Well guys I know it’s been a bit my truck is now home. I have a deal worked out for a Chevy P30 step van with a 4bt and a GM400 or 425 automatic transmission it need s a starter to drive it home. I’m trying to locate a cheap starter for it and trying to make sure I have the correct part number. I am wanting to put a Spicer 3053a in it and have no clue what exactly I need to do that with what bellhousing and adapter flywheel and starter will I need to swap the Chevy auto out. I wasn’t sure if the Chevy C60 stuff would work or how i should approach this.
 

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Googling Spicer 3053a I see a SAE bellhousing. What engine / transmission is in your donor Chevy C60?
 

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Discussion Starter #90
I am getting a 1974 Chevy step van p30 with a 4bt and I think a 400 auto or maybe an Allison but want to swap the auto for a stick shift for my Dodge. I will know tomorrow what trans is in it for sure. I want to swap in a Spicer 3053a but not sure what would be the easiest way to do that.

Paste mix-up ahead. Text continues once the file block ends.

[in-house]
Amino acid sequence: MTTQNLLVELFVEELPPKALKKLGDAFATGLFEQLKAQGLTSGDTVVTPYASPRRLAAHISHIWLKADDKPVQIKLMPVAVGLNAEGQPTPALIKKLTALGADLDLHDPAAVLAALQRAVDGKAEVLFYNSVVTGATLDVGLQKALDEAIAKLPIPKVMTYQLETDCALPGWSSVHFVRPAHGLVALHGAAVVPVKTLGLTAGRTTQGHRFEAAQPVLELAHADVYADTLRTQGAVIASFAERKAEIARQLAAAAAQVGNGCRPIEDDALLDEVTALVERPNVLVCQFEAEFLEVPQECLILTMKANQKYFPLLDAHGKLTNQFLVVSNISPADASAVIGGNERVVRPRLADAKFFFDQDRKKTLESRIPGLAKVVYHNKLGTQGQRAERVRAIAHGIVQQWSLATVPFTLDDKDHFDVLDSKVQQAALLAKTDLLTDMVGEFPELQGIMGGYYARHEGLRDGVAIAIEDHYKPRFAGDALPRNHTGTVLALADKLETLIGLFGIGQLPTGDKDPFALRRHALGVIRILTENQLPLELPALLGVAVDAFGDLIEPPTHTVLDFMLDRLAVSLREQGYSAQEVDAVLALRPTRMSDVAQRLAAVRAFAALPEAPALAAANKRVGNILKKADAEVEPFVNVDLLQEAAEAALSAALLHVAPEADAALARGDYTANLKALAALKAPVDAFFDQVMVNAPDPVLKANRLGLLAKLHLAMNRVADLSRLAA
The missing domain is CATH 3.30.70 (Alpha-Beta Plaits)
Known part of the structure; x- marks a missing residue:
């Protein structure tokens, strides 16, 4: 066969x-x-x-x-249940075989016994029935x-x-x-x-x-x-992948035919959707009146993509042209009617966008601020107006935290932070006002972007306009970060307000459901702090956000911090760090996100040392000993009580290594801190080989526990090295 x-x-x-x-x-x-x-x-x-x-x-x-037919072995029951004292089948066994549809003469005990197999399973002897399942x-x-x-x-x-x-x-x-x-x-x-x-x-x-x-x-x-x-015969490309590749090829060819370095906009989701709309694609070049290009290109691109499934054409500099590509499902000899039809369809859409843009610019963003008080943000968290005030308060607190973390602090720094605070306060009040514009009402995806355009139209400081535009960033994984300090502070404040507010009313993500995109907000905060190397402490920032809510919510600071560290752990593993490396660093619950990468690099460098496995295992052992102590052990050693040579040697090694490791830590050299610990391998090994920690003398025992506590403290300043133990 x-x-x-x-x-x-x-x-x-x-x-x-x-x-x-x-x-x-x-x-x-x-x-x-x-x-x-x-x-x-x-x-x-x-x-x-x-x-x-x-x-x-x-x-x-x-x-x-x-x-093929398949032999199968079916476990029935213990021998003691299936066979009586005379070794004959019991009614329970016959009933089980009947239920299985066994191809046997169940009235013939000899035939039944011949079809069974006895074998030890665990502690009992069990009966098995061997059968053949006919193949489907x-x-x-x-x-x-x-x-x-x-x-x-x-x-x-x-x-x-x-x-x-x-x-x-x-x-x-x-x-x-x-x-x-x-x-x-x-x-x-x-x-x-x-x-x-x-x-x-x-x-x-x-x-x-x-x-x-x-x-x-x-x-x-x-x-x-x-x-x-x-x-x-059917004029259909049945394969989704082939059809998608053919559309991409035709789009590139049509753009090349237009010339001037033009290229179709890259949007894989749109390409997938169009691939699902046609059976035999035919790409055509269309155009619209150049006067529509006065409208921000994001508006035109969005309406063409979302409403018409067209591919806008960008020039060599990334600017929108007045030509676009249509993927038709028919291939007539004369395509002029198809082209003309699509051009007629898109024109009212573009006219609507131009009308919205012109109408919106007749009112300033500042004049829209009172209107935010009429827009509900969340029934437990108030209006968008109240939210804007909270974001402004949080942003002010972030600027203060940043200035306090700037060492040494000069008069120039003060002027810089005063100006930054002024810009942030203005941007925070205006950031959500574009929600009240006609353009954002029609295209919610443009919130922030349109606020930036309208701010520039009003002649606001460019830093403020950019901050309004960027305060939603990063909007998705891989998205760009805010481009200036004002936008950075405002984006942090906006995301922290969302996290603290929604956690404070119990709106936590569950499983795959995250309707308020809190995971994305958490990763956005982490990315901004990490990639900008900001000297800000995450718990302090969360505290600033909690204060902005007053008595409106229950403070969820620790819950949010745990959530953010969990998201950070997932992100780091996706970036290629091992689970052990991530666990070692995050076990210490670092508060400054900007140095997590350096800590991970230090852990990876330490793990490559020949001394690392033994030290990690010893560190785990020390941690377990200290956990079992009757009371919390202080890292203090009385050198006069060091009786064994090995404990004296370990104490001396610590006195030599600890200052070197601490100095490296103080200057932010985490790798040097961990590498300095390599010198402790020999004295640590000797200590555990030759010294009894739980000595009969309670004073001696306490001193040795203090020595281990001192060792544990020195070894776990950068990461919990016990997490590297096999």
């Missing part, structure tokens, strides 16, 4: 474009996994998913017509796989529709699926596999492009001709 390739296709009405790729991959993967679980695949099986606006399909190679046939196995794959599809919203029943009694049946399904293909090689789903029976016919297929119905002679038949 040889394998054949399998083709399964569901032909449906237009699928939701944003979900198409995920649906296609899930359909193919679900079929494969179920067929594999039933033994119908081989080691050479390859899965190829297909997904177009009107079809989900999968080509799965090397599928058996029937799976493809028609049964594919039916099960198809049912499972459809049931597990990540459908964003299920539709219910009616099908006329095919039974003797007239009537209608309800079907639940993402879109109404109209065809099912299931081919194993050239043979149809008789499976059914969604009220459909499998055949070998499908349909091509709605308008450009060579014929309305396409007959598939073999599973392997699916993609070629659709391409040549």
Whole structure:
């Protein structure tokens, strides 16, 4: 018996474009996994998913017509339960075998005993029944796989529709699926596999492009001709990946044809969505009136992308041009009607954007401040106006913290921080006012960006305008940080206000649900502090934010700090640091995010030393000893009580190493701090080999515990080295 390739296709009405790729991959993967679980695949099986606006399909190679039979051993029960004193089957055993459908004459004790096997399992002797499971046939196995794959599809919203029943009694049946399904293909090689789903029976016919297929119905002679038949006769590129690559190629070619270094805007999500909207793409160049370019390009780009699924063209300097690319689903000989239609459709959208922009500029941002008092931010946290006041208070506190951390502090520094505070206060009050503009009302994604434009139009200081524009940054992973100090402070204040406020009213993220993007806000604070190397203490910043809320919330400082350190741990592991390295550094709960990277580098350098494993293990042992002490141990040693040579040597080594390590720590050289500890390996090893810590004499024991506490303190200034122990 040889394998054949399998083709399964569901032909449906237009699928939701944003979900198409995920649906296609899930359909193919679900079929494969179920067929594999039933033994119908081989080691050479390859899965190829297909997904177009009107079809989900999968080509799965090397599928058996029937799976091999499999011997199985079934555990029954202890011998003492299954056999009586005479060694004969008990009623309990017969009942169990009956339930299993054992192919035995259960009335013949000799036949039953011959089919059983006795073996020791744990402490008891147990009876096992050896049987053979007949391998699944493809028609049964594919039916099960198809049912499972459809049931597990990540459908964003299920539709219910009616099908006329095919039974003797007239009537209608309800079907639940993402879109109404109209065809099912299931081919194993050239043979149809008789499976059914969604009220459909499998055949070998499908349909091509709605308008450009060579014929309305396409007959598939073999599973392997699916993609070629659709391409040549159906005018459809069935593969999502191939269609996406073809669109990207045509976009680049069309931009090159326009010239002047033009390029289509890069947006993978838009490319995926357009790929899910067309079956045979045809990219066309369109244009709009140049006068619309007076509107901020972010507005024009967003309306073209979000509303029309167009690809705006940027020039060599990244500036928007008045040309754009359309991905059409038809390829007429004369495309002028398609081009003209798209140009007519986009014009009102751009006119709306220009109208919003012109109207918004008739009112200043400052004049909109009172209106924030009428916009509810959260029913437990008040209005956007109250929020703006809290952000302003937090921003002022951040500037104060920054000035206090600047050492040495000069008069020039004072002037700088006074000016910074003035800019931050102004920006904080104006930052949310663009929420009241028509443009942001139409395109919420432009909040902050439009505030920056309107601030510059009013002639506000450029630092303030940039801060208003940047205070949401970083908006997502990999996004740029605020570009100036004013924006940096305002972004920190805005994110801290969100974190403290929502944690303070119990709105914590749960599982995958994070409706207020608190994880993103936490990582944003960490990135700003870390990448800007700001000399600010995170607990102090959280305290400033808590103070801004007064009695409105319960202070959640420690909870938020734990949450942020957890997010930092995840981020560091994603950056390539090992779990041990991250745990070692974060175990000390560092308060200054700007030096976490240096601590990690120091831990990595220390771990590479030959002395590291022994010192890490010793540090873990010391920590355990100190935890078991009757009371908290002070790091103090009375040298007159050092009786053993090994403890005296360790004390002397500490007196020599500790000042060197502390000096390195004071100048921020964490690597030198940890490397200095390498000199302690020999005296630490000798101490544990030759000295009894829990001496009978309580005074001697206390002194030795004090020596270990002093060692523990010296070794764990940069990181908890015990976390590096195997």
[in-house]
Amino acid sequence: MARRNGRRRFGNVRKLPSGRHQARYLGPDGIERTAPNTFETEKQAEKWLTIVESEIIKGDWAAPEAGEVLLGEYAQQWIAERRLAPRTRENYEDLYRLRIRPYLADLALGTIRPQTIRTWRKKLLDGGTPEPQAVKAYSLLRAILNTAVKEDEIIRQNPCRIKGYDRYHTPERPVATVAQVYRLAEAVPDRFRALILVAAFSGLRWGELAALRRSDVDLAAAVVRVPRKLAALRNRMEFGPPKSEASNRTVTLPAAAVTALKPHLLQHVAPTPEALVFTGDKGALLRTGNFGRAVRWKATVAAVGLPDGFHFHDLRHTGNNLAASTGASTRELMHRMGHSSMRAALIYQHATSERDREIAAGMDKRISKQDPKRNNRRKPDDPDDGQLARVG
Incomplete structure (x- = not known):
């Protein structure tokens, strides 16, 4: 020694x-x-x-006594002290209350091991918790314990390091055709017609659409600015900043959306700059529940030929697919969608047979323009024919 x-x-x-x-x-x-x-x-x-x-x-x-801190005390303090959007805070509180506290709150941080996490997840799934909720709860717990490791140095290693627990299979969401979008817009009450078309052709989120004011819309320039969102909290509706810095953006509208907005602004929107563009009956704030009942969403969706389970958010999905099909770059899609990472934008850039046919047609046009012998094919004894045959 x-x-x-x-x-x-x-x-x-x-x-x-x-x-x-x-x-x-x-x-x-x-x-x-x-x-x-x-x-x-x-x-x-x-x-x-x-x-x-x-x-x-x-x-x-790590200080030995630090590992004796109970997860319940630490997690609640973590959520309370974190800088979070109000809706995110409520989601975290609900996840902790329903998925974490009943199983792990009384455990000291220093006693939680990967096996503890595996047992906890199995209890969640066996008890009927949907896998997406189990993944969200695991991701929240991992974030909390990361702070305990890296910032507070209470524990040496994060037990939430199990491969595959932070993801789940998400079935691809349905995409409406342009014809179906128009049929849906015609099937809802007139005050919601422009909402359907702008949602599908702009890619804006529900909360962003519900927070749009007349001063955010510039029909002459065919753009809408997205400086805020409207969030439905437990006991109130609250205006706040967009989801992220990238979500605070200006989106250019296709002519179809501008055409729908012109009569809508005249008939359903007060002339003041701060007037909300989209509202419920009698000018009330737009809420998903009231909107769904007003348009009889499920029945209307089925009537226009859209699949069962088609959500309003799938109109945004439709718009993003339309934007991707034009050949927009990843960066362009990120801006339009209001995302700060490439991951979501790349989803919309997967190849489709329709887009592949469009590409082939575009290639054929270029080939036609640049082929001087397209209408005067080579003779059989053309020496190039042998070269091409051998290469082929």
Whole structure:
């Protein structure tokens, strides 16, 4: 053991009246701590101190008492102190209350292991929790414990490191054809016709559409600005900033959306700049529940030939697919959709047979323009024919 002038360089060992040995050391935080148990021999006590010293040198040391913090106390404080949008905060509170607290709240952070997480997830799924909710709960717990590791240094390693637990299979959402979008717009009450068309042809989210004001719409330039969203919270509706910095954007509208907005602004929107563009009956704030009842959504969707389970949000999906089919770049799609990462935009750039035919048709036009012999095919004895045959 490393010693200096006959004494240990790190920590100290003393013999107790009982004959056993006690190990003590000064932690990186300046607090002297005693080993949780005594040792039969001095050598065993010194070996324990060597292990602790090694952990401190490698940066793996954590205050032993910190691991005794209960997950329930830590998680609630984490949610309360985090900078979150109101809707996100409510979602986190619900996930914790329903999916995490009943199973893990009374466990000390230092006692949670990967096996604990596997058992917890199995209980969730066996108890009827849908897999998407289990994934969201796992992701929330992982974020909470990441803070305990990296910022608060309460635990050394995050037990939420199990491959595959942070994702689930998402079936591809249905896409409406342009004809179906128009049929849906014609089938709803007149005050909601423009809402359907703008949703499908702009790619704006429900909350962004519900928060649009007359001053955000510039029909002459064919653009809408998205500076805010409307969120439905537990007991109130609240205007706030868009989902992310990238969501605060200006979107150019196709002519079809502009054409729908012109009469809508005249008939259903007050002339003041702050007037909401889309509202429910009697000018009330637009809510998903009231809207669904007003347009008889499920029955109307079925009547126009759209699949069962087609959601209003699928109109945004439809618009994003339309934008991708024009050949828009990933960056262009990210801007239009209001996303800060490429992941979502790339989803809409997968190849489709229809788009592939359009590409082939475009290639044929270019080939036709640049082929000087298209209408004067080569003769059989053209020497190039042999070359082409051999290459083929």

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The first year of the 4bt was 1983 or 1984 (depends on what source you believe). The 4bt was installed at a later date - A common retrofit for the bread and chip companies. Turbo 400 has a Chevy bellhousing pattern and an Allison should have a SAE bellhousing pattern (subject to confirmation). Very different bellhousings - get a positive confirmation (pictures help) before expending too much effort on how to proceed. My knowledge ends at Ford bellhousings - I can not help any more...

Good luck